Women's Health

Incontinence

  • 25% of adults have experienced leaking at some time
  • 35-40% of individuals over 65 have leaking problems
  • >50% of nursing home residents are incontinent

Incontinence should NOT be accepted as normal after childbirth or menopause. Medical treatment models suggest that pelvic floor exercise and habit changes can improve incontinence in 80% of cases (male and female). Pelvic floor strengthening with computerized biofeedback providing visual and auditory feedback, electrical stimulation, bladder re-training and behavioral modifications are conservative and proven treatments for incontinence. Physical therapists need to be specialized in pelvic floor rehabilitation and have experience in this field to provide these services. We work closely with gynecologists, urogynecologists, urologists and family practitioners to find the best solution to reduce and eliminate symptoms.

Overactive Bladder

This is urgency / frequency with more than 9 visits to the toilet in 24 hours with or without leaking. Pelvic floor muscle weakness can be a cause and responds well to computerized biofeedback training, electrical stimulation and bladder retraining. Myofascial spasms of the pelvic, hip or lower back muscles can also contribute to an abnormal urge sensation. We therefore do a detailed musculoskeletal evaluation to determine contributing factors. Treatment may include computerized biofeedback, bladder retraining, electrical stimulation, myofascial release, stretching and specific strengthening exercises.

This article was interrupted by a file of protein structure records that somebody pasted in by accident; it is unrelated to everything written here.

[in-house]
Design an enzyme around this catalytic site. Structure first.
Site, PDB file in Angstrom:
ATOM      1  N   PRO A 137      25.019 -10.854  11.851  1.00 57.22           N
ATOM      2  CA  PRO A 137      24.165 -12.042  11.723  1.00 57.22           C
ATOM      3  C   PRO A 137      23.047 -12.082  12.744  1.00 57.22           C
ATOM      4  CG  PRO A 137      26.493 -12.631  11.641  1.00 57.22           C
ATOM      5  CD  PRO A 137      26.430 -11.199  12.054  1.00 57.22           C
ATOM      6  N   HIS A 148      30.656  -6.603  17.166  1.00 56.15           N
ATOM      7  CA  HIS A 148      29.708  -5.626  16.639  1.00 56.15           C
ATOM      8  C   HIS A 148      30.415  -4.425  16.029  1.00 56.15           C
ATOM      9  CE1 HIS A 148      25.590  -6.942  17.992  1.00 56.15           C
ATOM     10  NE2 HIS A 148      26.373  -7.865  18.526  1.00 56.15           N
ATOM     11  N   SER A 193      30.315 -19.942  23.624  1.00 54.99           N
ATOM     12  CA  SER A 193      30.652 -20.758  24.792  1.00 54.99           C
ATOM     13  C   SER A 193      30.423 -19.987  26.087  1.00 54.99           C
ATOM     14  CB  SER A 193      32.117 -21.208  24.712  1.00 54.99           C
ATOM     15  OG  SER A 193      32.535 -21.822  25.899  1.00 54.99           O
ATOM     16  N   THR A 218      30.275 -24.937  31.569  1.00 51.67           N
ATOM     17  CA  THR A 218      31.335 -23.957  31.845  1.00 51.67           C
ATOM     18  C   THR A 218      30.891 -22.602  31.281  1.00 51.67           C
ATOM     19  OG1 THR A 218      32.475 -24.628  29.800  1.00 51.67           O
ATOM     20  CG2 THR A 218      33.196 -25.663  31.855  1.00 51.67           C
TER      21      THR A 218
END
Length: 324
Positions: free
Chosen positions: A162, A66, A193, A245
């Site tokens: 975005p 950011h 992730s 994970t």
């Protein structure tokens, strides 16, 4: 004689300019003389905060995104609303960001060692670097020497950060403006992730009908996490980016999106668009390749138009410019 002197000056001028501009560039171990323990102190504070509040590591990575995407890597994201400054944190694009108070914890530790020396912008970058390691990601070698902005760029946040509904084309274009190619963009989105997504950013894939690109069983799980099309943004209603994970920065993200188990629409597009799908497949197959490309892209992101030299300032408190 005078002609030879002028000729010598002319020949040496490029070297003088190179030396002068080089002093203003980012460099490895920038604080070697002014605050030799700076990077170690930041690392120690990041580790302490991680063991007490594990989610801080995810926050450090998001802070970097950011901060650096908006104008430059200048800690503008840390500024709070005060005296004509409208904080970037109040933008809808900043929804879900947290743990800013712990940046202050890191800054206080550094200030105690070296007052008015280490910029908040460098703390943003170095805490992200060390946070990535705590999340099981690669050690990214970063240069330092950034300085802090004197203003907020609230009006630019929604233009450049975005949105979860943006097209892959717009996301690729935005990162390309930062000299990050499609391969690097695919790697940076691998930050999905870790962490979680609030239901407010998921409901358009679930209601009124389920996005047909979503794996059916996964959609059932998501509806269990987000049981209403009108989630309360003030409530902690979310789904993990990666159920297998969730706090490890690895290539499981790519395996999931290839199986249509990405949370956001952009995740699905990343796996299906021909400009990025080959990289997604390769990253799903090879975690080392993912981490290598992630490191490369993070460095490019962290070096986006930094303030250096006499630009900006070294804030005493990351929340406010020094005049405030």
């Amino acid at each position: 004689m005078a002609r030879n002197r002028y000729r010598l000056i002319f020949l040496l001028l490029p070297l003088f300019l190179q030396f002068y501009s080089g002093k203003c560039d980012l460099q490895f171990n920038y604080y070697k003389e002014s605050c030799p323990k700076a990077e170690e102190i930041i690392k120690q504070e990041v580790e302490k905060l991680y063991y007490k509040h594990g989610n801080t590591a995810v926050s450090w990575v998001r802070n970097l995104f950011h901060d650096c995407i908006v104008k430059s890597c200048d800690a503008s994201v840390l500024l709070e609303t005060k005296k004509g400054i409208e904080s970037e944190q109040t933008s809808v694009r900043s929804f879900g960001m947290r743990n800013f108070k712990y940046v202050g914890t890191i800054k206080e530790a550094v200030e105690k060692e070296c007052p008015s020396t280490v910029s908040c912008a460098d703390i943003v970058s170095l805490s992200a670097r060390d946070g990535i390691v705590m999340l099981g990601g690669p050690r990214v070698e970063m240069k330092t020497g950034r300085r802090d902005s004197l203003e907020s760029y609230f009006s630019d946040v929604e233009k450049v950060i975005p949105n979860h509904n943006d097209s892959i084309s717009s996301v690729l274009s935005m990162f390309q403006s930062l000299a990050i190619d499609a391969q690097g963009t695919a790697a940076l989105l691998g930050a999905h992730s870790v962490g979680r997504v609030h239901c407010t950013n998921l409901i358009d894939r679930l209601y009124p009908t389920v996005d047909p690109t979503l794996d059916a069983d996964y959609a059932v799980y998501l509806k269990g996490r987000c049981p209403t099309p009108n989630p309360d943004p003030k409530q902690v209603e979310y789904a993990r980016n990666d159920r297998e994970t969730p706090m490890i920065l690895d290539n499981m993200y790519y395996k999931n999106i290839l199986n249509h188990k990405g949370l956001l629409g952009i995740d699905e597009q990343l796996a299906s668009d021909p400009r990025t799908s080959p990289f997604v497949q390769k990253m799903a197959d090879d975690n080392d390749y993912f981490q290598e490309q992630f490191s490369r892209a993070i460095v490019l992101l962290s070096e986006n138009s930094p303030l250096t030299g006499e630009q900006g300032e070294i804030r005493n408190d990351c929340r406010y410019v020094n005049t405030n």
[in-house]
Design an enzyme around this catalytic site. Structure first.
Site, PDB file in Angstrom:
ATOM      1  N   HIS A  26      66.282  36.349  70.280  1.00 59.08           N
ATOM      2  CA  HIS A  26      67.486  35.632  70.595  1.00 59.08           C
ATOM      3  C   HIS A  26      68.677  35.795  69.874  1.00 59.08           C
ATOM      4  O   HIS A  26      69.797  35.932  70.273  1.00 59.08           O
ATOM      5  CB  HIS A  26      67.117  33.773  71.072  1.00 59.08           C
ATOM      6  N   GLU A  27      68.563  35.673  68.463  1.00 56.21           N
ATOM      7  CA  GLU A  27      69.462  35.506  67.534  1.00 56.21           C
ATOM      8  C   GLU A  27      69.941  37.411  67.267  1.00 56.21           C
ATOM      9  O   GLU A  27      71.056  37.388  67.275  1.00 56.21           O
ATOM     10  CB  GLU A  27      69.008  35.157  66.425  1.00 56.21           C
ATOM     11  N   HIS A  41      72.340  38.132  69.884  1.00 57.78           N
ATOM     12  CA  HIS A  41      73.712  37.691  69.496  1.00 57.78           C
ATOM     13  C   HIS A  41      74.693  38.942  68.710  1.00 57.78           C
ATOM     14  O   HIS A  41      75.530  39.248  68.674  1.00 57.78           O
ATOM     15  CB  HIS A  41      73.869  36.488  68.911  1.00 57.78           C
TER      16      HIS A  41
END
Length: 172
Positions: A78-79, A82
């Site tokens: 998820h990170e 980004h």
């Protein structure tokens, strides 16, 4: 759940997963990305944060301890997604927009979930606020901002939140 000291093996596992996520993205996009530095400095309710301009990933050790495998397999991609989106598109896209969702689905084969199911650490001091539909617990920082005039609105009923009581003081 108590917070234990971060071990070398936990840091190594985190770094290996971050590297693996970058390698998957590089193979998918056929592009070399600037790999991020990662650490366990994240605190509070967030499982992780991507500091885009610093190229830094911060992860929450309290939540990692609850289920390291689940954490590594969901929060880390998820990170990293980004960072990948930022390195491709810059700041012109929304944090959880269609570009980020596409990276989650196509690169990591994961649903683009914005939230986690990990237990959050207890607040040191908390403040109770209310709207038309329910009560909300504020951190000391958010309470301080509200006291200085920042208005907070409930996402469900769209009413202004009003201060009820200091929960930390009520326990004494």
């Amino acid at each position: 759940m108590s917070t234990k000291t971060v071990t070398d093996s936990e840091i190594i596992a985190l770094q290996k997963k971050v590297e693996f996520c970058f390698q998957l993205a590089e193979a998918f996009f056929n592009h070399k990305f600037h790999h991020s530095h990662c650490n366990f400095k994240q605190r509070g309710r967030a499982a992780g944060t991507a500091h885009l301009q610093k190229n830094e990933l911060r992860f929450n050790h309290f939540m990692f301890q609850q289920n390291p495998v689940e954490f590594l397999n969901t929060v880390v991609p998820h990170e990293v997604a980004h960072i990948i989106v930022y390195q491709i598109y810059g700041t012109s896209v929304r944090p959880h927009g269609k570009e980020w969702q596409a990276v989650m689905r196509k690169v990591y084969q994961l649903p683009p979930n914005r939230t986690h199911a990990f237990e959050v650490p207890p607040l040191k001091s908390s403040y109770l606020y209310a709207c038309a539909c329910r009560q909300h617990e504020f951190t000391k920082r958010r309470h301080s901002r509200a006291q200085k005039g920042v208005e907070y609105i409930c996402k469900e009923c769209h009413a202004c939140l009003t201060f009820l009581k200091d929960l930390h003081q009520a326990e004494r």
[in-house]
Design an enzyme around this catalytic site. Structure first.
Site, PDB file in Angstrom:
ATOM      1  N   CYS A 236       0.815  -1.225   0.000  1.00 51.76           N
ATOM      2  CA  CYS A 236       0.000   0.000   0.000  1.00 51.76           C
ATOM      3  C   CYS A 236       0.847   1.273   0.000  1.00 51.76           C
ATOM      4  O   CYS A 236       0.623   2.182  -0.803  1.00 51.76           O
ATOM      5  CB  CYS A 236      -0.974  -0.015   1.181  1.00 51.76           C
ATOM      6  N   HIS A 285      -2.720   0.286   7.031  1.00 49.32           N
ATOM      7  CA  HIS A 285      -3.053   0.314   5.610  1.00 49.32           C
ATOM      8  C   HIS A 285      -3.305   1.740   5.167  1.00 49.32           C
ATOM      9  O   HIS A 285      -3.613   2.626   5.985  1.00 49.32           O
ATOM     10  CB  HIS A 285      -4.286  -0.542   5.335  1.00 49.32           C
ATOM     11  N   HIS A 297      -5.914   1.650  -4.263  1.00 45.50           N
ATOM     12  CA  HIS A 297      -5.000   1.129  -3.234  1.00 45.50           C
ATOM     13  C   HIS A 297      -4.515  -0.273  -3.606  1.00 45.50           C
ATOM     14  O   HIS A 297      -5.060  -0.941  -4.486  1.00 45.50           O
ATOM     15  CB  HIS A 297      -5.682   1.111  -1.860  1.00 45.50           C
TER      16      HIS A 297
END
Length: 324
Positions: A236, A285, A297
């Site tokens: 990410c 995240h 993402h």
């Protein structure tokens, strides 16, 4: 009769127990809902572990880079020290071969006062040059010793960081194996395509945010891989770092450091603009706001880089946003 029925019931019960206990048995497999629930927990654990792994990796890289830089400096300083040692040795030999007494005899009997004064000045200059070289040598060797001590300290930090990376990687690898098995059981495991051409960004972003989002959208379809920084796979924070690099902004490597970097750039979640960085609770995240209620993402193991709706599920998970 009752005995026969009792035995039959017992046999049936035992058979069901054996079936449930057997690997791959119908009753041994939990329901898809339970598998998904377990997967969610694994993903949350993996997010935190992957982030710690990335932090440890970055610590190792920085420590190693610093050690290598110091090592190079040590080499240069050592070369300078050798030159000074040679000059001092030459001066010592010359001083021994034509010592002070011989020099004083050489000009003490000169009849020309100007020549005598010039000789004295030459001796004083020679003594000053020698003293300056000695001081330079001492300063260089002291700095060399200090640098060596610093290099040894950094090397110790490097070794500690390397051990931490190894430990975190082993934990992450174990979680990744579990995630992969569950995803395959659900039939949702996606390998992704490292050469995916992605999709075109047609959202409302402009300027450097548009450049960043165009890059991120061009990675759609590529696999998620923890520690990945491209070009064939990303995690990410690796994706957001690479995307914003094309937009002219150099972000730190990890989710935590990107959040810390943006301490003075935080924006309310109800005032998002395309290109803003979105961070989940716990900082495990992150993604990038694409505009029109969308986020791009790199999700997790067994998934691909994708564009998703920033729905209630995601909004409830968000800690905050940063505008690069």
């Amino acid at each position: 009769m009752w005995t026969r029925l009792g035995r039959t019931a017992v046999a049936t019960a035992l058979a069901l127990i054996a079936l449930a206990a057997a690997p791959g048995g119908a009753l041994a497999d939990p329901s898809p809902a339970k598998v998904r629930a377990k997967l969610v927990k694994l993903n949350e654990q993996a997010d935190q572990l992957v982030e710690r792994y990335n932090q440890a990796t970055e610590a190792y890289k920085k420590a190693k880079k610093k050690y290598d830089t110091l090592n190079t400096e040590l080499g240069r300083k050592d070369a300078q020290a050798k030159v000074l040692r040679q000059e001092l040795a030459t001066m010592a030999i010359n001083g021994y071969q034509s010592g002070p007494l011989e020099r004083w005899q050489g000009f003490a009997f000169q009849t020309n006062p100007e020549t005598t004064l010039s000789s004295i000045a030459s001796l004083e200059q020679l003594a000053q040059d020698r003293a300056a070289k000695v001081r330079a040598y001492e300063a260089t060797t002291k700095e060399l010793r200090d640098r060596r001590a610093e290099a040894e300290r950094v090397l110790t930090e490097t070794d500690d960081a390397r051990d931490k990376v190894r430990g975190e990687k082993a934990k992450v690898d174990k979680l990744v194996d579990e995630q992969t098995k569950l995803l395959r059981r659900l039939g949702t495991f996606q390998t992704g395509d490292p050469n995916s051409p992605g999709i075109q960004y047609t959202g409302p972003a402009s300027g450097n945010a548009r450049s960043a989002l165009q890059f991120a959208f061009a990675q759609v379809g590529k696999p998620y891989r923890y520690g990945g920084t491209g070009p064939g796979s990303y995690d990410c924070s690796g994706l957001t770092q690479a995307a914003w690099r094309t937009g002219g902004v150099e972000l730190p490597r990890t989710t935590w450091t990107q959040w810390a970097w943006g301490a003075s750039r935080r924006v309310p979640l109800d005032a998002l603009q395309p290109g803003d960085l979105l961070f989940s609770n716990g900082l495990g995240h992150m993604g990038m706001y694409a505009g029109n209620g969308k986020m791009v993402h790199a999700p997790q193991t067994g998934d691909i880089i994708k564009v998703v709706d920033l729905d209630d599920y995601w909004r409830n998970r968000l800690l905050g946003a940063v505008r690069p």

Pelvic Pain Conditions

Conditions such as vulvodynia, vaginismus, levator ani syndrome, pelvic floor tension myalgia, interstitial cystitis, dyspareunia (painful intercourse), sacro-iliac (SI) joint dysfunction, coccydynia (tailbone pain) for example, often have musculoskeletal components that can be successfully treated by a skilled and specialized physical therapist. Many of these conditions are multi-dimensional and in many cases we will work with a multi-disciplinary team consisting of any or all of the following: family physician, gynecologist, urogynecologist, urologist and psychologist. After a thorough examination, treatment may include Travell trigger point release and stretches, Maitland/ McKenzie / Mulligan specific joint mobilizations, biofeedback, dilators, specific strengthening / stretching exercises and self-treatment techniques.

Musculoskeletal dysfunctions during and after pregnancy

The childbearing year brings dramatic changes to the body. Physical Therapy can assist you in managing these musculoskeletal changes. Conditions we often see during pregnancy are SI joint dysfunctions, sciatica, carpal tunnel syndrome, plantar fasciitis, lower back, neck or thoracic pain and headaches. Postpartum we treat weak pelvic floor muscles with or without incontinence, rehabilitation of lower abdominals or “core” muscles which assist in preventing lower back / pelvic pain, painful episiotomy scars and other common orthopedic dysfunctions. Interestingly, in some countries like France and Sweden, women routinely get 2-4 sessions with a physical therapist 6-8 weeks postpartum for pelvic floor strengthening, lower back stabilization training and postural and kinetic handling training.

Osteoporosis

Women at risk for, or with, osteoporosis need to increase weight-bearing exercise, improve balance and decrease postural strain. At Hands-On Physical Therapy we do a thorough evaluation and develop a customized exercise program to address these issues.